The NgSetDebug() and NgSetErrLog() functions are used for debugging. The NgSetDebug() function sets the debug level (if non-negative), and returns the old setting. Higher debug levels result in more verbosity. The default is zero. All debug and error messages are logged via the functions specified in the most recent call to NgSetErrLog(). The default logging functions are vwarn(3) and vwarnx(3).
At debug level 3, the library attempts to display control message arguments in ASCII format; however, this results in additional messages being sent which may interfere with debugging. At even higher levels, even these additional messages will be displayed, etc.
Note that select(2) can be used on the data and the control sockets to detect the presence of incoming data and control messages, respectively. Data and control packets are always written and read atomically, i.e., in one whole piece.
User mode programs must be linked with the
The NgSetErrLog() function has no return value.
All other functions return -1 if there was an error and set errno accordingly.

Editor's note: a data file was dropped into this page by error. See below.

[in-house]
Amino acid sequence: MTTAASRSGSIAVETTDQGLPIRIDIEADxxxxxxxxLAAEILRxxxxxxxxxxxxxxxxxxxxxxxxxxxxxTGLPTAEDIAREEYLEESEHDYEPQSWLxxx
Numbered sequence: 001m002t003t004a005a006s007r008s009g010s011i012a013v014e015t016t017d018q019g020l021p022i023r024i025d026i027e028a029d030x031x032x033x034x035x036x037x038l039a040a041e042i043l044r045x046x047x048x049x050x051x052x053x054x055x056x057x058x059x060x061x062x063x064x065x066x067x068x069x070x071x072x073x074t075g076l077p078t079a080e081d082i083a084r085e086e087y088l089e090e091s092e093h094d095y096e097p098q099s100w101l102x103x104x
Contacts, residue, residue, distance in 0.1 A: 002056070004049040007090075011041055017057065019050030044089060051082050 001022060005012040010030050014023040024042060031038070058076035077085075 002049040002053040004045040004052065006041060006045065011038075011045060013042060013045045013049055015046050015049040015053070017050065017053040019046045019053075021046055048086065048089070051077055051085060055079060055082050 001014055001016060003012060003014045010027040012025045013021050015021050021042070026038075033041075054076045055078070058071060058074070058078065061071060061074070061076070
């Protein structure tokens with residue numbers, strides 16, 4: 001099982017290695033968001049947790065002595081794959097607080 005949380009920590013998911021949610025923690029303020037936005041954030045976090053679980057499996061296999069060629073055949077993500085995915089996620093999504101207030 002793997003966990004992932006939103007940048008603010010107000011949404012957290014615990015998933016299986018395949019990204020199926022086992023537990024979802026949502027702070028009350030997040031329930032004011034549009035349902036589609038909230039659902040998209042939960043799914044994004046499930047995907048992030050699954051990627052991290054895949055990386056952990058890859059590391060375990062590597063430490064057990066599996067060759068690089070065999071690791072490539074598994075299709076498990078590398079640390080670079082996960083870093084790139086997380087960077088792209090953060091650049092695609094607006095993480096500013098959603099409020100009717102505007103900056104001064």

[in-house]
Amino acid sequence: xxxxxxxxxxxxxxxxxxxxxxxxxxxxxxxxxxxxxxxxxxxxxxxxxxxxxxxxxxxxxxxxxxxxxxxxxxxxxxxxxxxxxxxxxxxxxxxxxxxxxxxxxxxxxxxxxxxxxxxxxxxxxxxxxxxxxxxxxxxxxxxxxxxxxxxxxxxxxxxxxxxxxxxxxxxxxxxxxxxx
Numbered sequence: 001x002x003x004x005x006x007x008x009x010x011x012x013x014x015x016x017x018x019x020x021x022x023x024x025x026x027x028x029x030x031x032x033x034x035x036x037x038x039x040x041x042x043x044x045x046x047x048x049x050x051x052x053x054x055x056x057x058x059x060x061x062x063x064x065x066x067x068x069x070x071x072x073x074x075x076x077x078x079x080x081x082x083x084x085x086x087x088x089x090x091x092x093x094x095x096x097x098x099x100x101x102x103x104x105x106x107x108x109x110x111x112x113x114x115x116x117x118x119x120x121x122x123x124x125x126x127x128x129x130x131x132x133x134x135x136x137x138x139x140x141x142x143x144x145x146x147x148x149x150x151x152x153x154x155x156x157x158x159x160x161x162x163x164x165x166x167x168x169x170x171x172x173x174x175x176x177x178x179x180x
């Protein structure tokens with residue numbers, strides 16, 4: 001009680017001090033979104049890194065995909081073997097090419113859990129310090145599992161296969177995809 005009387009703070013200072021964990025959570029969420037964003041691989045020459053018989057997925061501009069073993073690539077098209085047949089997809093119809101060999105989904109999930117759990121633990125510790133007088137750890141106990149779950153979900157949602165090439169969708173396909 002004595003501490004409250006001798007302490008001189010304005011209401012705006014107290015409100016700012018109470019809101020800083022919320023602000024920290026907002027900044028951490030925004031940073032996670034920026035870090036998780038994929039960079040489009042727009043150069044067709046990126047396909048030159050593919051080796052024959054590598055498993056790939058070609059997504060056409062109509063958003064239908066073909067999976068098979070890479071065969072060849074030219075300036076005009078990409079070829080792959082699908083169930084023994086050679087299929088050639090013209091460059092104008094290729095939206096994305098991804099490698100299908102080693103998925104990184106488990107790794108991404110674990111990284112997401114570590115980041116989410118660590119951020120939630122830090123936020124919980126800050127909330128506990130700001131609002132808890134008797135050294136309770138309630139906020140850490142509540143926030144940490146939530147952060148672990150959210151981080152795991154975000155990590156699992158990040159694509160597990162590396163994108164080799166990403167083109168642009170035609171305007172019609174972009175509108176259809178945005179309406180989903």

A return value of zero from NgRecvMsg() or NgRecvData() indicates that the netgraph socket has been closed.
For NgSendAsciiMsg() and NgRecvAsciiMsg(), the following additional errors are possible:
|The node type does not know how to encode or decode the control message.|
|The encoded or decoded arguments were too long for the supplied buffer.|
|An unknown structure field was seen in an ASCII control message.|
|The same structure field was specified twice in an ASCII control message.|
|ASCII control message parse error or illegal value.|
|ASCII control message array or fixed width string buffer overflow.|
|NETGRAPH (3)||November 25, 2013|
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|“||Do you laugh when the waiter drops a tray full of dishes? Unix weenies do. They're the first ones to laugh at hapless users, trying to figure out an error message that doesn't have anything to do with what they just typed.||”|
|— The Unix Haters' handbook|